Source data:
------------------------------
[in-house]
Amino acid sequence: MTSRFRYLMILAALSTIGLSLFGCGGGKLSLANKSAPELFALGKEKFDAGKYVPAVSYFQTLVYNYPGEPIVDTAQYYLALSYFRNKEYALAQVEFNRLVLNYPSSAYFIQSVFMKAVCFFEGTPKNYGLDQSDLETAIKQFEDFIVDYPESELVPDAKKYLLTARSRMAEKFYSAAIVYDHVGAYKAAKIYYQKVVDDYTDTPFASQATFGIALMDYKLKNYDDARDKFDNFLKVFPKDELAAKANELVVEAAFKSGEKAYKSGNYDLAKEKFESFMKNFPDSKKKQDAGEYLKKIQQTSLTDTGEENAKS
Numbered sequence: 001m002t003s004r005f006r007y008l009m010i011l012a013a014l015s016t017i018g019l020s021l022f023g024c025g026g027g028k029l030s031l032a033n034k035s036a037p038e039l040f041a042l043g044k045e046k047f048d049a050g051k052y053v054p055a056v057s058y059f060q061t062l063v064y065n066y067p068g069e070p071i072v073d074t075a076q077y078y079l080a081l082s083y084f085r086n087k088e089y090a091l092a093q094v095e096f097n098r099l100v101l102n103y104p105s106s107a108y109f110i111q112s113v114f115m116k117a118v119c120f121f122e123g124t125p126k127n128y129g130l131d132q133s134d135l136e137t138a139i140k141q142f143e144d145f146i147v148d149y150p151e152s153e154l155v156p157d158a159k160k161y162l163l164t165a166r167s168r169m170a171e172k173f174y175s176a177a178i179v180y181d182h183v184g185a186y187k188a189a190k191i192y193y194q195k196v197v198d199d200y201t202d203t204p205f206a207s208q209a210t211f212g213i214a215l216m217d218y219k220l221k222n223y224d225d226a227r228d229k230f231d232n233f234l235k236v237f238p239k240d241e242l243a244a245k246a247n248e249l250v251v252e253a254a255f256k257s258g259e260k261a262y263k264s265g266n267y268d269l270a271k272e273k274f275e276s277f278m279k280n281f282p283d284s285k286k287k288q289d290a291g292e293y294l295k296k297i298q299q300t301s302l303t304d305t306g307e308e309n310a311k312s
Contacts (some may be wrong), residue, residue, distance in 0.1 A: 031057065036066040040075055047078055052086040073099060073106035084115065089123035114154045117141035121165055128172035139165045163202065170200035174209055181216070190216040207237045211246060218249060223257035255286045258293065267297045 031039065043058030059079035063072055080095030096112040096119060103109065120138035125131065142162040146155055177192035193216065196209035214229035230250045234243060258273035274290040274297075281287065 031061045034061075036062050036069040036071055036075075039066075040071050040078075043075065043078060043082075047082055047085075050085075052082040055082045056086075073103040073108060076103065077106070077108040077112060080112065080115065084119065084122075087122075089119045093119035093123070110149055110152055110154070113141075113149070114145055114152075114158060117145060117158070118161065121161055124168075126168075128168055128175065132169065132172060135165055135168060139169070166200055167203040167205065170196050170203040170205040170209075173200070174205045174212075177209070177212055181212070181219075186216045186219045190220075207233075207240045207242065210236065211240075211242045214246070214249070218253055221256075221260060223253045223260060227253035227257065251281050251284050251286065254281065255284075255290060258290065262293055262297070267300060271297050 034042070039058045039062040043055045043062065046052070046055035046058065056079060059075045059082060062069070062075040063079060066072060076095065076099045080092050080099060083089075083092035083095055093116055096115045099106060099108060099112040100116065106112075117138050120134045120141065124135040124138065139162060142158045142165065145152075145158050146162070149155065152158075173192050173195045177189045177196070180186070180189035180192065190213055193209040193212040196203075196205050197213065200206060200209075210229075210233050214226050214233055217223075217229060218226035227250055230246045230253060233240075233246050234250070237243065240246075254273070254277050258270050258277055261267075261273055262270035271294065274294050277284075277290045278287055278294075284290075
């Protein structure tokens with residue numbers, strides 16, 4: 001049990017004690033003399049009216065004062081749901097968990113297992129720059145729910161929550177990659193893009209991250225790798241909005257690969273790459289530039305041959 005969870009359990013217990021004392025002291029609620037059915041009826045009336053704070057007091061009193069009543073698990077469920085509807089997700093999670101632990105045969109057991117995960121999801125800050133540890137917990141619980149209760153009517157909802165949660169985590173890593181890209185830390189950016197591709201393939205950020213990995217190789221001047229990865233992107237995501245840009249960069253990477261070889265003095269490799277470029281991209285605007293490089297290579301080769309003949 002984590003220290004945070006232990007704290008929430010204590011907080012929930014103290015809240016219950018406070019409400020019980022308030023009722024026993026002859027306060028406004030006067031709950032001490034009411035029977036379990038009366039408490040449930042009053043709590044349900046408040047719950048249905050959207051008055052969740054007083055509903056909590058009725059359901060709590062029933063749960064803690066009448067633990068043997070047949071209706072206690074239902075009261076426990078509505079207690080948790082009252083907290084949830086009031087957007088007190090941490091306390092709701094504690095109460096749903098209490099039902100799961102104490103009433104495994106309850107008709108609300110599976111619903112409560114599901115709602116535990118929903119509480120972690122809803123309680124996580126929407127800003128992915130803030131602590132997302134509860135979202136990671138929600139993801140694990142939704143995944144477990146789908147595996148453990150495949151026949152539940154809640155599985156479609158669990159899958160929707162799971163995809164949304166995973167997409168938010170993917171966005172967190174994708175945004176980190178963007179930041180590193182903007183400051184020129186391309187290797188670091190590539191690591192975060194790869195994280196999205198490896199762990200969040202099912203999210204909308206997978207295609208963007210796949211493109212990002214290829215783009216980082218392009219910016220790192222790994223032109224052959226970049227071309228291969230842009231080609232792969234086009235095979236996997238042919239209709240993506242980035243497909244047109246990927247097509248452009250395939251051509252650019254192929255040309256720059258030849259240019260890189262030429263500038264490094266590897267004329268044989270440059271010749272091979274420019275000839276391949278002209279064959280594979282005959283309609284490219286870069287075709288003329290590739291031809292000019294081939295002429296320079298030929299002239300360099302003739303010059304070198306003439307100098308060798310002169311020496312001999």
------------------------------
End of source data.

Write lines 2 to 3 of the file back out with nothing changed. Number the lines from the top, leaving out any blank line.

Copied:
Amino acid sequence: MTSRFRYLMILAALSTIGLSLFGCGGGKLSLANKSAPELFALGKEKFDAGKYVPAVSYFQTLVYNYPGEPIVDTAQYYLALSYFRNKEYALAQVEFNRLVLNYPSSAYFIQSVFMKAVCFFEGTPKNYGLDQSDLETAIKQFEDFIVDYPESELVPDAKKYLLTARSRMAEKFYSAAIVYDHVGAYKAAKIYYQKVVDDYTDTPFASQATFGIALMDYKLKNYDDARDKFDNFLKVFPKDELAAKANELVVEAAFKSGEKAYKSGNYDLAKEKFESFMKNFPDSKKKQDAGEYLKKIQQTSLTDTGEENAKS
Numbered sequence: 001m002t003s004r005f006r007y008l009m010i011l012a013a014l015s016t017i018g019l020s021l022f023g024c025g026g027g028k029l030s031l032a033n034k035s036a037p038e039l040f041a042l043g044k045e046k047f048d049a050g051k052y053v054p055a056v057s058y059f060q061t062l063v064y065n066y067p068g069e070p071i072v073d074t075a076q077y078y079l080a081l082s083y084f085r086n087k088e089y090a091l092a093q094v095e096f097n098r099l100v101l102n103y104p105s106s107a108y109f110i111q112s113v114f115m116k117a118v119c120f121f122e123g124t125p126k127n128y129g130l131d132q133s134d135l136e137t138a139i140k141q142f143e144d145f146i147v148d149y150p151e152s153e154l155v156p157d158a159k160k161y162l163l164t165a166r167s168r169m170a171e172k173f174y175s176a177a178i179v180y181d182h183v184g185a186y187k188a189a190k191i192y193y194q195k196v197v198d199d200y201t202d203t204p205f206a207s208q209a210t211f212g213i214a215l216m217d218y219k220l221k222n223y224d225d226a227r228d229k230f231d232n233f234l235k236v237f238p239k240d241e242l243a244a245k246a247n248e249l250v251v252e253a254a255f256k257s258g259e260k261a262y263k264s265g266n267y268d269l270a271k272e273k274f275e276s277f278m279k280n281f282p283d284s285k286k287k288q289d290a291g292e293y294l295k296k297i298q299q300t301s302l303t304d305t306g307e308e309n310a311k312s